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Photos: Large Numbers That Define the Universe

Octillion

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There are around 920 to 3,170 octillion microbes on the planet (920 x 10^27 to 3170 x 10^27), Steven D'Hondt, a professor of oceanography at the University of Rhode Island, told Live Science. This image shows a type of staph bacteria called methicillin-resistant Staphylococcus aureus (MRSA) superbug. As the name suggests, these bacteria have become resistant to certain first-line antibiotics.

Nonillion

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It would take around 160 nonillion (160 x 10^30) Great Pyramids of Giza to match the mass of the Milky Way, according to Inverse.

Undecillion

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Back in 2014, a man sued New York City, restaurant chain Au Bon Pain, Hoboken University, LaGuardia Airport, the New York Metropolitan Transit Authority and thousands of others for a … dog bite, according to Time

Sexdecillion

NASA/ESA; G. Illingworth, D. Magee, and P. Oesch, University of California, Santa Cruz; R. Bouwens, Leiden University

The mass of the observable universe is 30 sexdecillion kg (30 x 10^51 kg), which is equivalent to about 25 billion galaxies the size of the Milky Way, according to astronomer Jagadheep D. Pandian, who answered the question on Cornell University's "Ask an Astronomer" page. This image from 2012 shows a deep view of the universe, assembled from many different shots. It contains around 5,500 galaxies.

Quinvigintillion

Fritz Goro/The LIFE Picture Collection/Getty

There are around 100 quinvigintillion atoms on the planet, or 100 x 10^78, Antonio Padilla, a professor of physics at the University of Nottingham in England, told Live Science. By mass, around 75 percent of the universe is hydrogen and 25 percent is helium.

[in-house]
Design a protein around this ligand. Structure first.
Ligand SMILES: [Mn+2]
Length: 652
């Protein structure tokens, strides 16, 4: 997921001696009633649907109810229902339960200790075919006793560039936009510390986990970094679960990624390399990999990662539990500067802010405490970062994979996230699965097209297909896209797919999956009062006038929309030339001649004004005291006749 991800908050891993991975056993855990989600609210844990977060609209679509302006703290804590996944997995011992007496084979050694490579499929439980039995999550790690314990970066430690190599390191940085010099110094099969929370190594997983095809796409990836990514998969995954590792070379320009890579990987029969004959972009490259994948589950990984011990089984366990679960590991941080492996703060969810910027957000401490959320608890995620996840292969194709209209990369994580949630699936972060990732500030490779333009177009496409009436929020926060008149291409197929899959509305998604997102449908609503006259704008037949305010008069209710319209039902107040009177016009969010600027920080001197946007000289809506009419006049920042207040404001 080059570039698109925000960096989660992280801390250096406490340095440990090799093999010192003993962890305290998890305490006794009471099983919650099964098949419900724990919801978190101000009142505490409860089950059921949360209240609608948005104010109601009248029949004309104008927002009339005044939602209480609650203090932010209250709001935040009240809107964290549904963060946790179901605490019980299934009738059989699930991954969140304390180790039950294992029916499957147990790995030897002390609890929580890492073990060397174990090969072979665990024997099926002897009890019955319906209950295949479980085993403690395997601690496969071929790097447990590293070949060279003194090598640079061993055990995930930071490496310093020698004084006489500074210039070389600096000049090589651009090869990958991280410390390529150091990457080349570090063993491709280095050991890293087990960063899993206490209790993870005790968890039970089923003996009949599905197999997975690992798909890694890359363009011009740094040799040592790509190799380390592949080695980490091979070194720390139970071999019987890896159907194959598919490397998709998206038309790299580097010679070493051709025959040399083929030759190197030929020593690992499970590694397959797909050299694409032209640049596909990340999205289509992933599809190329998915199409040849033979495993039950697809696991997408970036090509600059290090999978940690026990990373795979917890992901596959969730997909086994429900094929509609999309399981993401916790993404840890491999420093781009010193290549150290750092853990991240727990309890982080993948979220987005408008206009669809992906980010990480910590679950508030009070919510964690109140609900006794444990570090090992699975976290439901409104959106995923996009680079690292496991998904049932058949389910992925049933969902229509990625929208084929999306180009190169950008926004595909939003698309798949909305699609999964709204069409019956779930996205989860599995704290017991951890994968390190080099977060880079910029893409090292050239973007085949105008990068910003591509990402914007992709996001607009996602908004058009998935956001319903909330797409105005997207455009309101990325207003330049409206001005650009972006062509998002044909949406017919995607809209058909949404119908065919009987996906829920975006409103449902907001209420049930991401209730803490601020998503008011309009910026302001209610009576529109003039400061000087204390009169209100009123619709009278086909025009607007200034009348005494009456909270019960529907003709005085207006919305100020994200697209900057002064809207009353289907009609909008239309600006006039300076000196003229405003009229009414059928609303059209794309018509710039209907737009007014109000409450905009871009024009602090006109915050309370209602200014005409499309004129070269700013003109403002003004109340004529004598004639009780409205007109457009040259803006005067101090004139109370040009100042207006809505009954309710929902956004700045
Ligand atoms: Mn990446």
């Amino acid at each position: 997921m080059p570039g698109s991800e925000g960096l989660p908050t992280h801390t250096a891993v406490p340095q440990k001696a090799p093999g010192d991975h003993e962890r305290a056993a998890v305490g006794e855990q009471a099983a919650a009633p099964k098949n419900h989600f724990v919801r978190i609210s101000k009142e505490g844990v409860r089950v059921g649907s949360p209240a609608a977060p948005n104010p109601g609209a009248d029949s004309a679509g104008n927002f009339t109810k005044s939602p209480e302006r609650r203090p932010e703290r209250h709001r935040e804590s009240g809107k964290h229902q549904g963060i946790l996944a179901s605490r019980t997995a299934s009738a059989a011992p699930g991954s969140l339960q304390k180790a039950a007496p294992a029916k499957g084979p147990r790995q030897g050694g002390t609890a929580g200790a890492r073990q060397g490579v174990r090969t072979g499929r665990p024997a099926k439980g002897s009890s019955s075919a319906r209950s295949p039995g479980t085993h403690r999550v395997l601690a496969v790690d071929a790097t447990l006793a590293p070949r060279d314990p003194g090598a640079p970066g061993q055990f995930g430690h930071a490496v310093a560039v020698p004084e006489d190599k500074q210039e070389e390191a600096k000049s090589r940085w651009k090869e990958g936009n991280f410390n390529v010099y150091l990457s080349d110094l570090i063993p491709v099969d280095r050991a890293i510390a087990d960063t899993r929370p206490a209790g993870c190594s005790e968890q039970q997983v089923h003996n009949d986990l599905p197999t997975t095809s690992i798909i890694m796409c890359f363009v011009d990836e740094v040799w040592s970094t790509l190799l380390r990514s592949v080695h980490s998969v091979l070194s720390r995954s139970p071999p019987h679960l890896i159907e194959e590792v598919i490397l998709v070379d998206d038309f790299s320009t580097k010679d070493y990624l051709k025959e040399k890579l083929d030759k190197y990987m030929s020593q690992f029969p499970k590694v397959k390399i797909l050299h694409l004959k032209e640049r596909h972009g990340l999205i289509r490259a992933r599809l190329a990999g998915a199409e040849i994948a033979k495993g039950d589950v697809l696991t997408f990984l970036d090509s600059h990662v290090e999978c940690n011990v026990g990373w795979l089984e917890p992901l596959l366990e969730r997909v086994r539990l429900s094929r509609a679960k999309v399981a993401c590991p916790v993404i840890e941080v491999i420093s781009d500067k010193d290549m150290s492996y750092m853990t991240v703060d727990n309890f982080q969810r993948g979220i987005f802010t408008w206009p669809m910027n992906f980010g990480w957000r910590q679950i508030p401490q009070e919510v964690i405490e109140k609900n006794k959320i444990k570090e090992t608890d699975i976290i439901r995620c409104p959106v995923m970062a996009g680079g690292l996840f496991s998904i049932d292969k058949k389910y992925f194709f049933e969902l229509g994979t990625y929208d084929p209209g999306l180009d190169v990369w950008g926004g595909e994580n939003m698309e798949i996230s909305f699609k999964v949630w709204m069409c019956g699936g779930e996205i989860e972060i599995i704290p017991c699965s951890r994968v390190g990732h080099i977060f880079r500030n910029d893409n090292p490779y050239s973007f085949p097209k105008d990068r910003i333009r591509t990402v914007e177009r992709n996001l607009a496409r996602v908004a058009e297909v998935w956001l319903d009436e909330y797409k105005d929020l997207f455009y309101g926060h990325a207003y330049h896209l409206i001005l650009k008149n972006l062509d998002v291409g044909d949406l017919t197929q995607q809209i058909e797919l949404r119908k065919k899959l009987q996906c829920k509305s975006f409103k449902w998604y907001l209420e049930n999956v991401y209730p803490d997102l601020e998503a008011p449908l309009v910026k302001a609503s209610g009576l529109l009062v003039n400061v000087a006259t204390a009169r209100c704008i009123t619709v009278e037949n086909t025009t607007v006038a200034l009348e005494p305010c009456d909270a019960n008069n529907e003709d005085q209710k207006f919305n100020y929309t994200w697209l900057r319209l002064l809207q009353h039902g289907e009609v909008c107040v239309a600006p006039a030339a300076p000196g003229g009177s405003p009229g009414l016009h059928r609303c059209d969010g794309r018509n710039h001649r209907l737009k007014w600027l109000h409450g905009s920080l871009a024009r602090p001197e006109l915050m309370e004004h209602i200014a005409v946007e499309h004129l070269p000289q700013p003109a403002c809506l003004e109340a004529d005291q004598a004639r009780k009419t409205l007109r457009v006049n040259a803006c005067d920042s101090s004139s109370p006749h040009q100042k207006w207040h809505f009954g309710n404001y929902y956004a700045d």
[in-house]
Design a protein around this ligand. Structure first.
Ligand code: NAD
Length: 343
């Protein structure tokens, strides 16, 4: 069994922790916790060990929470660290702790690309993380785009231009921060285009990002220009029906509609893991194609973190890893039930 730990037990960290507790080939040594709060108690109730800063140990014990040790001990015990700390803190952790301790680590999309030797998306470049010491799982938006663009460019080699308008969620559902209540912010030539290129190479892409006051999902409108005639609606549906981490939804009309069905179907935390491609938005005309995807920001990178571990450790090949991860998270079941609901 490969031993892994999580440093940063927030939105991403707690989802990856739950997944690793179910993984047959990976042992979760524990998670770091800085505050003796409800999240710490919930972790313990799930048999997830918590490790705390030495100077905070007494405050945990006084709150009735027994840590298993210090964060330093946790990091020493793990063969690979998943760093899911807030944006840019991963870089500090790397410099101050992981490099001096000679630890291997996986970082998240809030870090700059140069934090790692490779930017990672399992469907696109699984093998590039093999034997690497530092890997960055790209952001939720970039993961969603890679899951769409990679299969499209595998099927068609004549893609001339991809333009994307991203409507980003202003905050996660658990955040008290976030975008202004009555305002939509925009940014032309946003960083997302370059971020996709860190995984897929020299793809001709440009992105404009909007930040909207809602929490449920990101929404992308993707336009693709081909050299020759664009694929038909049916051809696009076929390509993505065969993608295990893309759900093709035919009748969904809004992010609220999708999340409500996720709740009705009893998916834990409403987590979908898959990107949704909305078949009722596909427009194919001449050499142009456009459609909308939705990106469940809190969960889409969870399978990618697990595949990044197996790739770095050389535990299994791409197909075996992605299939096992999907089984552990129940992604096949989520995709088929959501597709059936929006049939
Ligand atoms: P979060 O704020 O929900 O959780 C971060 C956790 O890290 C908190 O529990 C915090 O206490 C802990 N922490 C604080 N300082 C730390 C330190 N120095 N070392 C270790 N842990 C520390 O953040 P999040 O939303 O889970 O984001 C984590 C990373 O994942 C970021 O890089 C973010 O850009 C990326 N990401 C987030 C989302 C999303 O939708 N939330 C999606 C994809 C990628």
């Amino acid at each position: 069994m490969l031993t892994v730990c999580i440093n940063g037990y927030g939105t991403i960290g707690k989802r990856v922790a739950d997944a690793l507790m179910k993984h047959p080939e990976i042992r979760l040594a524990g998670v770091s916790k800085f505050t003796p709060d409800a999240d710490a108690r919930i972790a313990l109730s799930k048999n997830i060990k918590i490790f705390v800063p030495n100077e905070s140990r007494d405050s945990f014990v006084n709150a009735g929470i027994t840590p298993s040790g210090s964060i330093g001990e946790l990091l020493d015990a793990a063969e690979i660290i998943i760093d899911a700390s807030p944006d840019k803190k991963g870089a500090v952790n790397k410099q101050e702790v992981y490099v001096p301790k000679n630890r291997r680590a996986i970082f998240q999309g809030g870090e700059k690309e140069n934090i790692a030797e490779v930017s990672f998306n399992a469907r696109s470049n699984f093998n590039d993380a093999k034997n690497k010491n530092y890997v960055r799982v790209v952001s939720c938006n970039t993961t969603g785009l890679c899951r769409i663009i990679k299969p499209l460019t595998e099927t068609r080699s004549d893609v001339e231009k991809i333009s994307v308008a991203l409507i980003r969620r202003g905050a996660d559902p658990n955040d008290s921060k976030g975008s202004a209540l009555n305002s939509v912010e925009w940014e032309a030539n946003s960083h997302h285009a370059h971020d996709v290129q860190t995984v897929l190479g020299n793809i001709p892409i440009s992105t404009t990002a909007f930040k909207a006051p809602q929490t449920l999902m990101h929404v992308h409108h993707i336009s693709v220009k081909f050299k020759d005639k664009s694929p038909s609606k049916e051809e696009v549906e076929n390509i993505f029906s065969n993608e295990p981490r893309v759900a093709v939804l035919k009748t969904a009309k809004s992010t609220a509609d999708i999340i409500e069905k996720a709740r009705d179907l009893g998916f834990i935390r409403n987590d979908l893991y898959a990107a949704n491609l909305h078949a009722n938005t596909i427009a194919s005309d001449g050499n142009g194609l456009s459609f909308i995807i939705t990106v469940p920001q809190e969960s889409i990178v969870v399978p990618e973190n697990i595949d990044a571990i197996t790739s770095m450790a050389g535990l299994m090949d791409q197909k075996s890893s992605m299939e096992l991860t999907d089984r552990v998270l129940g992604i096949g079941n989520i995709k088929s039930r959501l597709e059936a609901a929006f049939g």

Googolplex

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If you fill the entire observable universe with fine dust particles around 1.5 micrometers big, the total number of combinations in which these particles can be arranged is equal to one googolplex, according to astronomer and astrophysicist Carl Sagan. But others have a different idea about what a googolplex means.

American mathematician Edward Kasner invented the number googol to describe 10 to the hundredth power (10^100). But he actually credited the name to his nephew, Milton Sirotta, who coined it in 1920 at the age of 9. Milton then came up with the number "googolplex", which he said should be "one, followed by writing zeros until you get tired," Live Science previously reported.

This number is so big it has no name

Fred Dufour/AFP/Getty

Take a collection of books that are each 410 pages long, with 3,200 characters per page; the number of these books that would hold every combination of characters (i.e., every possible sequence of every book that has or possibly could be written in any language and even gibberish) would be around 10 to the power of 2 million, or 10 followed by 2 million zeros, according to Smithsonian magazine. This is "The Total Library," imagined by Argentine writer Jorge Luis Borges. The calculations were made by Jonathan Basile, who studied English literature at Columbia University and decided to create a digital version of Borges' library, according to Smithsonian.

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